Nutrition is essential to achieving peak bone mass. Many studies addressing nutrition and bone health in children have concluded that inadequate nutrition, particularly insufficient intake of calcium and vitamin D, during growth may negatively affect peak bone mass. It has been shown that achieving peak bone mass during the adolescent years could significantly delay the onset of osteoporosis by 13 years, reducing the risk of osteoporotic fractures later in life. By the age of 40, we all slowly begin to lose bone mass. However, as with adolescents aiming to achieve peak bone mass, quality nutrition, and regular exercise also help adults avoid the severe bone loss that leads to osteoporosis.
Why is calcium so important to healthy bones?
The health and strength of our bones rely on a balanced diet that provides a steady stream of many key nutrients, most importantly, calcium and vitamin D. Calcium has always been known as one of the vital nutrients for building strong bones
Calcium is important for muscle contraction, heartbeat regulation, nerve impulse transmission, regulation of blood pressure, and immune system function. 99% of calcium is stored in our bones, and unfortunately, when you don’t get enough calcium in your diet, the body will pull calcium from the bones to support these other functions. Without adequate calcium, bones become weak and fragile.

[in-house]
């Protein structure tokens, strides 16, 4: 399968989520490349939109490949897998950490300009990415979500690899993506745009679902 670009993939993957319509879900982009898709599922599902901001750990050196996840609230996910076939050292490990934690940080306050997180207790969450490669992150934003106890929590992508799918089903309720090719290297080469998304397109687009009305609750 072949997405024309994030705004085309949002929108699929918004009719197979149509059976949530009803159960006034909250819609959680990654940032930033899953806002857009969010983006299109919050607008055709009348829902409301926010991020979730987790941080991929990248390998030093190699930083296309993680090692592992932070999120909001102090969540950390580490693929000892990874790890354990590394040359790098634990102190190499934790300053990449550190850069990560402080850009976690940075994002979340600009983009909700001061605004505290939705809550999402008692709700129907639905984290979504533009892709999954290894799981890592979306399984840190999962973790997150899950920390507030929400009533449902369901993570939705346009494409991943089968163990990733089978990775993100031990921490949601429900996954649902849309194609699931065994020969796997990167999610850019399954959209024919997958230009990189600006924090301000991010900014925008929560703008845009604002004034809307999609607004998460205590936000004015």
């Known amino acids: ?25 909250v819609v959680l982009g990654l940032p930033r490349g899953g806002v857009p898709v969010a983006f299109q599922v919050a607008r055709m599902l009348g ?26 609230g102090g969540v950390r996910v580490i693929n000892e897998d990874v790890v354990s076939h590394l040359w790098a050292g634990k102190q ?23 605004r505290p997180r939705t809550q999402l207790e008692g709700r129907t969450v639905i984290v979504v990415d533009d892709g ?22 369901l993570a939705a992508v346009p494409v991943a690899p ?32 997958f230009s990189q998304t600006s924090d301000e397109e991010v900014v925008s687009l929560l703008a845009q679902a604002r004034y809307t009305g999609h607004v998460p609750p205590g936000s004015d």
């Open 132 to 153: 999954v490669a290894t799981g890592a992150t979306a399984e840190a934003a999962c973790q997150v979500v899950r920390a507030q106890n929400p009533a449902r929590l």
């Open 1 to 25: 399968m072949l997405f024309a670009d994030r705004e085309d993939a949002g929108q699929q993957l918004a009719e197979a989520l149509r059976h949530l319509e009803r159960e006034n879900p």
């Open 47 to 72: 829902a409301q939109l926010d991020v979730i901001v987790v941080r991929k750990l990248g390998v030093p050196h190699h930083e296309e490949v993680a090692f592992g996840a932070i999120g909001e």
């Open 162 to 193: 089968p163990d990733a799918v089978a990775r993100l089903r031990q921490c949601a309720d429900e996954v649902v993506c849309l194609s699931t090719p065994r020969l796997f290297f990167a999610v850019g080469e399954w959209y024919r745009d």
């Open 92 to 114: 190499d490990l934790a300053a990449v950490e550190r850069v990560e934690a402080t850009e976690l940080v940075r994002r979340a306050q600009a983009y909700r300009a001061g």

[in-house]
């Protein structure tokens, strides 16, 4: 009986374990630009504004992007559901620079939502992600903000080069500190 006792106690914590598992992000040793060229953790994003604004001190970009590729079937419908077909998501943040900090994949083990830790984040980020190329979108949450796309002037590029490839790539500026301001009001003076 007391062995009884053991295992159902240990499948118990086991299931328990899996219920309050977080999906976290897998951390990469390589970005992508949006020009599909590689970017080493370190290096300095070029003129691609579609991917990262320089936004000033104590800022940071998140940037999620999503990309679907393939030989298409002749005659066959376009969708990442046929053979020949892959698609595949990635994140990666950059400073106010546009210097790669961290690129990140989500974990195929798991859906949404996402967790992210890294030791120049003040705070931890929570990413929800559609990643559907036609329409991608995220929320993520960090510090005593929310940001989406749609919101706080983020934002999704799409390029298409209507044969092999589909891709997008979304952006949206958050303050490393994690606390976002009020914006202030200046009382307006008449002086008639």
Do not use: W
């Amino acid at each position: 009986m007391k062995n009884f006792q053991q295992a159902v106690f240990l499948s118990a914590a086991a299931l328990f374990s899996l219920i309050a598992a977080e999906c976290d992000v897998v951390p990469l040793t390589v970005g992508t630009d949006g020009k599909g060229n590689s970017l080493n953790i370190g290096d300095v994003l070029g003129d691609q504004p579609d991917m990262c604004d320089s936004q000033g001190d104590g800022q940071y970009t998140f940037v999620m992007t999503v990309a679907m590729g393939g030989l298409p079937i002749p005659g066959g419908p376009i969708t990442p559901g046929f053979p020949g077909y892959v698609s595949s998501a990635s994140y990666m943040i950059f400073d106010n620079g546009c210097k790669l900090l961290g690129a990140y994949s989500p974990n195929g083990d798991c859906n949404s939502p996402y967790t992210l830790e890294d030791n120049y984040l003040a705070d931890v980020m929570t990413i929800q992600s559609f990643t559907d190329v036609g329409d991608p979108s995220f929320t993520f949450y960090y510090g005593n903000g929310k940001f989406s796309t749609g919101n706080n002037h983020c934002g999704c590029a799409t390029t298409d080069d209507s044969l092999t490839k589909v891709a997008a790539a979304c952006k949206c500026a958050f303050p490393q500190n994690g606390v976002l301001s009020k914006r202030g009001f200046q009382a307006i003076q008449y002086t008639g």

We all are familiar with calcium in dairy but it’s important to incorporate other forms of calcium, such as:
- Leafy green vegetables
- Nuts and seeds
It also helps if you pair calcium-rich foods with foods high in vitamin D, such as egg yolks, shiitake mushrooms, and fish (specifically salmon, mackerel, sardines, and canned tuna), as it helps the absorption of calcium from your food.
The lesser-known Vitamin K and its importance
Low levels of vitamin K are also emerging as a dietary risk factor for osteoporosis. Vitamin K, and more specifically vitamin K2, is necessary to ensure that calcium gets absorbed into the bones and prevents it from being deposited in other areas of the body, such as organs, joint spaces, and arteries. Dietary sources of K2 are primarily found in fermented foods such as Natto, cheeses such as Brie and Gouda, meat, poultry, and eggs.